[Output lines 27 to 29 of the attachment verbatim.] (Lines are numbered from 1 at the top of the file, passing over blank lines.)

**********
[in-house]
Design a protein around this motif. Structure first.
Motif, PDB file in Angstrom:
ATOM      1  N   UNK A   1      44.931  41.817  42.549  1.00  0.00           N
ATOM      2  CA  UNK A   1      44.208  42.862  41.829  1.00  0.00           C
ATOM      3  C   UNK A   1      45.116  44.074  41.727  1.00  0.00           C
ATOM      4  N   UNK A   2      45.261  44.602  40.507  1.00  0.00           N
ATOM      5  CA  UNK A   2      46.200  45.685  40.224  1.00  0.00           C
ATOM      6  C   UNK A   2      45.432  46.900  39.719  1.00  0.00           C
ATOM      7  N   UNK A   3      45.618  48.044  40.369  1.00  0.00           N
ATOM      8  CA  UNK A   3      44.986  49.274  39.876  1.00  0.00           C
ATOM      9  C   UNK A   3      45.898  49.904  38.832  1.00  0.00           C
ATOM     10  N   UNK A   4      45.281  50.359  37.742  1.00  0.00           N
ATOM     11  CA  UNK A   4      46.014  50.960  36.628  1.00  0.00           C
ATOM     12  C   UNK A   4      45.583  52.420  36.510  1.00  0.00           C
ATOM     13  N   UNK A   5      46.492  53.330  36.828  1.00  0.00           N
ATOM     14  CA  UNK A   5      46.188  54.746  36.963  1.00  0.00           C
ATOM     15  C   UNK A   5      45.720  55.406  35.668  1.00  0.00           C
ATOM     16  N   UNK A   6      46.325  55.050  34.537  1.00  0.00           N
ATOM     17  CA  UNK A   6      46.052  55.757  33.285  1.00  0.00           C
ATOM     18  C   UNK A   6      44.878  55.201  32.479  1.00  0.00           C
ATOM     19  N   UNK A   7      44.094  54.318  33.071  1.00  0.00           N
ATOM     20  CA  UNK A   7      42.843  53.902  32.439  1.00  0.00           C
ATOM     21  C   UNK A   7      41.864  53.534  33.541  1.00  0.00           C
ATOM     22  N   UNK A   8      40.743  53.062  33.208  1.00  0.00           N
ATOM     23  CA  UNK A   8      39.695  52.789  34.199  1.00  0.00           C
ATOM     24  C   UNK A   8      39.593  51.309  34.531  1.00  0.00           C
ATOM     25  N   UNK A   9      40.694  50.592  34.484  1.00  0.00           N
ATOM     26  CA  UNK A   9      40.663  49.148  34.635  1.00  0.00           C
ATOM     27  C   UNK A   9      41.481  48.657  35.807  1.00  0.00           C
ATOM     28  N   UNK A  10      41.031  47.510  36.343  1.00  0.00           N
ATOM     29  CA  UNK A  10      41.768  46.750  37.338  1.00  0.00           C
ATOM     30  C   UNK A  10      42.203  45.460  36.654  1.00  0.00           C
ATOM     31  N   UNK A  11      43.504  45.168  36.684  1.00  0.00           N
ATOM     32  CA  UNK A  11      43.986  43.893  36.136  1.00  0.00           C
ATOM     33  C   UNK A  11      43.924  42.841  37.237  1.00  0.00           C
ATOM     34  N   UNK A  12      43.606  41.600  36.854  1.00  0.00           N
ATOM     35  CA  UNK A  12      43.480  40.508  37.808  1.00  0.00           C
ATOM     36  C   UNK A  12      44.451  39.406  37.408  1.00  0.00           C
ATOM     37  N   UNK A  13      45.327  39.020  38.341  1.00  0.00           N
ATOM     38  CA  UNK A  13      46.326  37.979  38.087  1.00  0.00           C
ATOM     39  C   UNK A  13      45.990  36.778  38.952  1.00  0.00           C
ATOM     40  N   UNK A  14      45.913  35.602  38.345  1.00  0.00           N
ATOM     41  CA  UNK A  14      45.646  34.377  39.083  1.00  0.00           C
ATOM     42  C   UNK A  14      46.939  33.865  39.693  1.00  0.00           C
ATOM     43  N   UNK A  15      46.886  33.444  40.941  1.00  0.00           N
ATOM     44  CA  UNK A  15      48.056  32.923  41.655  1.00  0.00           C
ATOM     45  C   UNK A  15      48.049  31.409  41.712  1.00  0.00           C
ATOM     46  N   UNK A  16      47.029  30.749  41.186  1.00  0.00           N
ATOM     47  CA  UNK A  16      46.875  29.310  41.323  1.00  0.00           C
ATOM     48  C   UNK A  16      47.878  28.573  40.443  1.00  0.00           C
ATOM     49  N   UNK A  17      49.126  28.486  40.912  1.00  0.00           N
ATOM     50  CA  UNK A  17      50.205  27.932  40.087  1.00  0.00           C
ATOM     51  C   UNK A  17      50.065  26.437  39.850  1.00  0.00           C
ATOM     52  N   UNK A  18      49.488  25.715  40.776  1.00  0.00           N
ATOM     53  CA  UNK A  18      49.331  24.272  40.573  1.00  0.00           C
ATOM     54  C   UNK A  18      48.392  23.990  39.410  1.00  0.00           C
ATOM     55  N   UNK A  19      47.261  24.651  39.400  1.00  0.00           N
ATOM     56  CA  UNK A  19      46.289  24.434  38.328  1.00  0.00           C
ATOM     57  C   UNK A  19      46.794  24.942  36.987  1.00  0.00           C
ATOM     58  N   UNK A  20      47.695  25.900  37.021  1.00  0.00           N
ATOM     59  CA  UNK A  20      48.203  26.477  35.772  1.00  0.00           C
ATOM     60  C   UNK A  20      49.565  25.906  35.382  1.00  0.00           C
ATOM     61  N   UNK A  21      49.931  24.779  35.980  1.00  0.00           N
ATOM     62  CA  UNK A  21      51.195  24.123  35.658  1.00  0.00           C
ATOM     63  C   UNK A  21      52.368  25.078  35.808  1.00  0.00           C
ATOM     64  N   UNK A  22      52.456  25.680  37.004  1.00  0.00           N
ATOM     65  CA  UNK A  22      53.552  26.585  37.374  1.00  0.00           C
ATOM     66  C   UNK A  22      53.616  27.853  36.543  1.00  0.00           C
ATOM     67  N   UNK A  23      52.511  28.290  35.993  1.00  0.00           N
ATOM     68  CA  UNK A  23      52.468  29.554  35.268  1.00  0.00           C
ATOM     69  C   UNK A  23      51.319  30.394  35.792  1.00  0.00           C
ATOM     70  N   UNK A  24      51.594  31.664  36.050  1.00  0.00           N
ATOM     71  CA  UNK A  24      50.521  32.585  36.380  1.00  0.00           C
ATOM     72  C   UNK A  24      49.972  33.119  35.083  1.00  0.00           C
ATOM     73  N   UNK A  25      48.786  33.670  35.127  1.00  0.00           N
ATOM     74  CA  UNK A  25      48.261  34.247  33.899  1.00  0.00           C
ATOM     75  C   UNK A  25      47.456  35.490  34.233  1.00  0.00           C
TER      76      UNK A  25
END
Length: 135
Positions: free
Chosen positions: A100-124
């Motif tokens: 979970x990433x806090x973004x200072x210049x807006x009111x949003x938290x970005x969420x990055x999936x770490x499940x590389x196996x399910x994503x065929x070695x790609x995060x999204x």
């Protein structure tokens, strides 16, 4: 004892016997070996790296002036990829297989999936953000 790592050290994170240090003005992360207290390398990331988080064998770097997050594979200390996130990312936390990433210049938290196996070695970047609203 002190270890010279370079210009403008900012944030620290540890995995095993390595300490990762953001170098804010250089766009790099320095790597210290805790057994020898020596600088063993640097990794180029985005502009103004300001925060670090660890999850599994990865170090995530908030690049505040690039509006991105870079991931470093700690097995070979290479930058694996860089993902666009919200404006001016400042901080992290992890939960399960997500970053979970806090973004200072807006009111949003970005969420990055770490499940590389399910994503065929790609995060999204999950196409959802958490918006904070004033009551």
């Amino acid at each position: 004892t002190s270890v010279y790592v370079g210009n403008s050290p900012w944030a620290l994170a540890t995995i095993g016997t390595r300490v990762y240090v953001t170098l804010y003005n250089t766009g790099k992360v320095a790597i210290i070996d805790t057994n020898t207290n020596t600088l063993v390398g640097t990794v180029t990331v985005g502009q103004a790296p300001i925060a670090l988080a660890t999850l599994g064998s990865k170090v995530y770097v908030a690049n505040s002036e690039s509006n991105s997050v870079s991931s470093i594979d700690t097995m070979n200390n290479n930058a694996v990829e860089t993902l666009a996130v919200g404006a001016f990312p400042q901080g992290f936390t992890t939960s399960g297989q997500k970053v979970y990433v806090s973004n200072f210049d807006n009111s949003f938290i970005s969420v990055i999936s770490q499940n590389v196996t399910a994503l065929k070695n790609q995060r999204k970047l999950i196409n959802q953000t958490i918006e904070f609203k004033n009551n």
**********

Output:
ATOM     24  C   UNK A   8      39.593  51.309  34.531  1.00  0.00           C
ATOM     25  N   UNK A   9      40.694  50.592  34.484  1.00  0.00           N
ATOM     26  CA  UNK A   9      40.663  49.148  34.635  1.00  0.00           C